theIt’s about three times the size of New York City, and weighs about a trillion tons, CBS partner BBC News reports, citing data from the European Space Agency (ESA). Using data from the agency’s CryoSat-2 mission, a spacecraft carrying a type of radar capable of sensing how much mass of an iceberg is above water, scientists were able to obtain information about how much mass is underwater.
A23a broke away from Antarctica in 1986 and became stuck almost immediately after a deep portion of it became lodged on the sea floor. Recently, it has been displaced and has begun to drift again.
“Over the past decade, we have seen a steady decline of 2.5 meters (about 8 feet) per year in sea fish, which is what you would expect given the water temperatures in the Weddell Sea,” said Andy Ridout, a University College London scientist and scientist at University College London. The Natural Environment Research Council’s Center for Polar Observation and Modeling told CBS News partner BBC News.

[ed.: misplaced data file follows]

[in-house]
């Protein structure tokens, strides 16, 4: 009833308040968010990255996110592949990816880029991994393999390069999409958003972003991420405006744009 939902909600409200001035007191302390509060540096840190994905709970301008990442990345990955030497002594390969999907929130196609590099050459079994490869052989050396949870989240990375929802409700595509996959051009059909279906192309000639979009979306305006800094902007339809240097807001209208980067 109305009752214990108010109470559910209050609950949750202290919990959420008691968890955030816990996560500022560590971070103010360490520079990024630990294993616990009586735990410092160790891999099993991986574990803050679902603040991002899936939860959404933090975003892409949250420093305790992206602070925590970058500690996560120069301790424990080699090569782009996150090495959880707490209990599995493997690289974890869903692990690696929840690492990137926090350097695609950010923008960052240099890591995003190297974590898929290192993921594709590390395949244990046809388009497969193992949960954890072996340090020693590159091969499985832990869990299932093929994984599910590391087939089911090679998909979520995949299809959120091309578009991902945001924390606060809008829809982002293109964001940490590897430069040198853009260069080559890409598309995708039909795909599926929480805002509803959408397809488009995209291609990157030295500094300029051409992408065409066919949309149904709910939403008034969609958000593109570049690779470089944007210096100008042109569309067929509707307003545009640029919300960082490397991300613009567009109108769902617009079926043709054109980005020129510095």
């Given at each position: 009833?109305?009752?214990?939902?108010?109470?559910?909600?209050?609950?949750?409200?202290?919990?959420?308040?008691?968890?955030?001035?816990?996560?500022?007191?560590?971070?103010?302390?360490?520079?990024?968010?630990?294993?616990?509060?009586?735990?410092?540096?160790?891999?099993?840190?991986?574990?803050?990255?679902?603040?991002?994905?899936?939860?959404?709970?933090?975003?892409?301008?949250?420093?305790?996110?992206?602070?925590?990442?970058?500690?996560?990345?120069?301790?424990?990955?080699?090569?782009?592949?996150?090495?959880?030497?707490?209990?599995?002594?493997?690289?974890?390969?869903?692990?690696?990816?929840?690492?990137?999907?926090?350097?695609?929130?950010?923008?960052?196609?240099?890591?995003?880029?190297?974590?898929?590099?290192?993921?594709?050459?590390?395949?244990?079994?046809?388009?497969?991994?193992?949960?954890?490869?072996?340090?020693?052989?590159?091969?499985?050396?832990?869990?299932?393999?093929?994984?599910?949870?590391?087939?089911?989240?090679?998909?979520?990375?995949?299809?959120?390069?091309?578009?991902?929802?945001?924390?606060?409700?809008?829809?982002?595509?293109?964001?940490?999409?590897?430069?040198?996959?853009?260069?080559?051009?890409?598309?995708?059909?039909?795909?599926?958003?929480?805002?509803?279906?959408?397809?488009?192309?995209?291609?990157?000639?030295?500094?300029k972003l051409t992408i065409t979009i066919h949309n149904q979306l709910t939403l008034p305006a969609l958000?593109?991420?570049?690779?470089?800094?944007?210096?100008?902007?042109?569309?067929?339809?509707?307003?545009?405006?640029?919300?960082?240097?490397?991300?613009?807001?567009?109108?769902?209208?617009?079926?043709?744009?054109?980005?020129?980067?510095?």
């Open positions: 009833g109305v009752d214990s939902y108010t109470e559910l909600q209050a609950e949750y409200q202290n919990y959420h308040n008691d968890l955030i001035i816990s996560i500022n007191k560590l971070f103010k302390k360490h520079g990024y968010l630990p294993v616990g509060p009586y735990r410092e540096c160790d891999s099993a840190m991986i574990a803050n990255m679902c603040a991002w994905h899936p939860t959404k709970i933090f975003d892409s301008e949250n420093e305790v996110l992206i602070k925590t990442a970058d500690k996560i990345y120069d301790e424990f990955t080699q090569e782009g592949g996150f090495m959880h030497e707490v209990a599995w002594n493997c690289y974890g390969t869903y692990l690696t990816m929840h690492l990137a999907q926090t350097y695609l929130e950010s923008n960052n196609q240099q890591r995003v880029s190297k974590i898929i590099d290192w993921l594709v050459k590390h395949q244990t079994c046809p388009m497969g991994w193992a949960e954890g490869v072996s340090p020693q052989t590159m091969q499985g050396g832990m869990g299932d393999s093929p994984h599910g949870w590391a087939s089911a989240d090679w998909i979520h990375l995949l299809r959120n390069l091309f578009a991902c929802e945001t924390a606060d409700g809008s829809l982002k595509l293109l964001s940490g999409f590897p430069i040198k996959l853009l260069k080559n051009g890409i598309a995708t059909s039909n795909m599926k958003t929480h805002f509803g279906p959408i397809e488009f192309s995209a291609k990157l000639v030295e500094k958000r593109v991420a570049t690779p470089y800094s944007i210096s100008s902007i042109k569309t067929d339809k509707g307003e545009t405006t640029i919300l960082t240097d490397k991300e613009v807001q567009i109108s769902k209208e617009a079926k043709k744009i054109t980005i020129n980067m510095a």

As it moves again, it is still unclear where winds and ocean currents will carry A23a. The huge iceberg has reached the tip of the Antarctic Peninsula, where a number of different currents meet.
The BBC said it is expected to drift through an area known as “Iceberg Alley,” and its path will affect any part of the ocean and ocean floor it travels over.
Mike Meredith, a professor at the British Antarctic Survey, told the BBC that icebergs were “responsible for very deep mixing of seawater”.
“They stir up ocean water, bring nutrients to the surface, and of course, they also drop a lot of dust. All of this will fertilize the ocean. You’ll often see phytoplankton thriving in their wake.”
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